This illustration shows the hot-press procedure, developed at Drexel, for producing the novel cathode for Li-S batteries, which involves melting sulfur into the nanofiber mats in a slightly pressurized, 140°C environment. Image: Drexel University.
This illustration shows the hot-press procedure, developed at Drexel, for producing the novel cathode for Li-S batteries, which involves melting sulfur into the nanofiber mats in a slightly pressurized, 140°C environment. Image: Drexel University.

In late July 2008, a British solar plane set an unofficial flight-endurance record by remaining aloft for more than three days straight. Lithium-sulfur (Li-S) batteries emerged as one of the great technological advances that permitted the flight – powering the plane overnight with efficiency unmatched by the top batteries of the day.

Ten years later, the world is still awaiting the commercial arrival of Li-S batteries. But a breakthrough by researchers at Drexel University has just removed a significant barrier that has been blocking their viability.

Technology companies have known for some time that the evolution of their products, whether laptops, cell phones or electric cars, depends on the steady improvement of batteries. Technology is only ‘mobile’ for as long as the battery allows it to be, and lithium-ion batteries (Li-ion) – considered the best on the market – are reaching their limit for improvement.

With battery performance approaching a plateau, companies are trying to squeeze every last volt into, and out of, the storage devices by reducing the size of some of their internal components that do not contribute to energy storage. Some unfortunate side-effects of these structural changes are the malfunctions and meltdowns that occurred in a number of Samsung tablets in 2016.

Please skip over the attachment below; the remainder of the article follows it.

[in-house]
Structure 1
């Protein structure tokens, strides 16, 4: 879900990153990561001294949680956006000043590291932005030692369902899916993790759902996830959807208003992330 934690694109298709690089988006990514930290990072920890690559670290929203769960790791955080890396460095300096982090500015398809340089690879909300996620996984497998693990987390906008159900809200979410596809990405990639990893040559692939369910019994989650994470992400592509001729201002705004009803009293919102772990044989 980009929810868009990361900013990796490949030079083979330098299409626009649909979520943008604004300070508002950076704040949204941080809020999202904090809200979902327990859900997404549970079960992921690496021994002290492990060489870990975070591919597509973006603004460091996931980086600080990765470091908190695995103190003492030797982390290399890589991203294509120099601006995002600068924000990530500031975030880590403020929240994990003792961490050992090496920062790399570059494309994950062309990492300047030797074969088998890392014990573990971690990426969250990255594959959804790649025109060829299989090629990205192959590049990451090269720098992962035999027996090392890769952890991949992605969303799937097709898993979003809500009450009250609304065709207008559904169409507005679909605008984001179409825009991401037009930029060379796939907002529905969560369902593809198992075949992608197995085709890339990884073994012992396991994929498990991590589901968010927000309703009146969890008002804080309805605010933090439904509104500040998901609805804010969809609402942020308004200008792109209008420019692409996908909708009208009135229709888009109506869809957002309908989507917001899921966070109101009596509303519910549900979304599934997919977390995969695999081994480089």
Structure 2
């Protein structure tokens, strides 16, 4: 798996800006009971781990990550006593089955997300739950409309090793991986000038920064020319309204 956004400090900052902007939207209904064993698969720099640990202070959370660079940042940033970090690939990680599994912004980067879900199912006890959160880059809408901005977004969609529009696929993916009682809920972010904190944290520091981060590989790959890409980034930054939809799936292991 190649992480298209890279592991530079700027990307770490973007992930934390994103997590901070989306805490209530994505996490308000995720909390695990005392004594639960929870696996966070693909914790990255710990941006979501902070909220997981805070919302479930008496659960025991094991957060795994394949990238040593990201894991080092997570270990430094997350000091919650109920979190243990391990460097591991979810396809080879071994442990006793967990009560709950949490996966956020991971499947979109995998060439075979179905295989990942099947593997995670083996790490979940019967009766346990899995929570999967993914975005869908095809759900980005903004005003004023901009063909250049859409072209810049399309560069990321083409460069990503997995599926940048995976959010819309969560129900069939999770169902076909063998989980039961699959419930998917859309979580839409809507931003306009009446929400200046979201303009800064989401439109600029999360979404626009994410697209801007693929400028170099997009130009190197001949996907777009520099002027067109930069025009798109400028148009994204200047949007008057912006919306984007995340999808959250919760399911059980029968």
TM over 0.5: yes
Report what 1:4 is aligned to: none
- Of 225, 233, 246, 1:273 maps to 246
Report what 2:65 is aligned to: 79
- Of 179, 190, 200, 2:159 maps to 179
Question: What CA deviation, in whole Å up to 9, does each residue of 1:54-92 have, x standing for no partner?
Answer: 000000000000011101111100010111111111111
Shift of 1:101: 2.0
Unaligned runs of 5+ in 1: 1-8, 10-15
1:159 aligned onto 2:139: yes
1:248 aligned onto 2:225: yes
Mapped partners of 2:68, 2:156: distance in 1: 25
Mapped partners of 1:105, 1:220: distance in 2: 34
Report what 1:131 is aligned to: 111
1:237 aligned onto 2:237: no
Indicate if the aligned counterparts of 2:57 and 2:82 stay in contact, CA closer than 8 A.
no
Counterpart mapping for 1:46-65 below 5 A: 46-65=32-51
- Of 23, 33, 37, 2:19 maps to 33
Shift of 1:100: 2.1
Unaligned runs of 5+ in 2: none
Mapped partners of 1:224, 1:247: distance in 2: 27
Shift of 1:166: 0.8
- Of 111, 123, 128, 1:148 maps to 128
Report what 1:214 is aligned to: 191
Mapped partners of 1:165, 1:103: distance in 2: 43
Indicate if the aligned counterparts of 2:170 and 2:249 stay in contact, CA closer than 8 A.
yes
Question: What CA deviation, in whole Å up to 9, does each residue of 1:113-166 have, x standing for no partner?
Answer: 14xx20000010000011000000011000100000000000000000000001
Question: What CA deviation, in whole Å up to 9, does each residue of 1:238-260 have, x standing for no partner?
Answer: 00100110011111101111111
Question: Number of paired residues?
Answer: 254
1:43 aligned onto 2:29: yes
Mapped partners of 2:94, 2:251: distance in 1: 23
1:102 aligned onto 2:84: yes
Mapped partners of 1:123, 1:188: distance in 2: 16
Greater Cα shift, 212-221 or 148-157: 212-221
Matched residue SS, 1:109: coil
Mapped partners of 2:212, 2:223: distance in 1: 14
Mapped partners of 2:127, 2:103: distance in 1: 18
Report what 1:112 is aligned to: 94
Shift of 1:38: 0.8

Researchers and the technology industry are looking at Li-S batteries to eventually replace Li-ion batteries, because this new chemistry theoretically allows more energy to be packed into a single battery – a measure called ‘energy density’ in battery research and development. This improved capacity – between five to 10 times that of Li-ion batteries – equates to a longer run time for batteries between charges.

The problem is that Li-S batteries haven't been able to maintain their superior capacity after the first few recharges. It turns out that the sulfur, which is the key ingredient for improved energy density, migrates away from the electrode in the form of intermediate products called polysulfides, leading to the loss of this key ingredient and performance fade during recharges.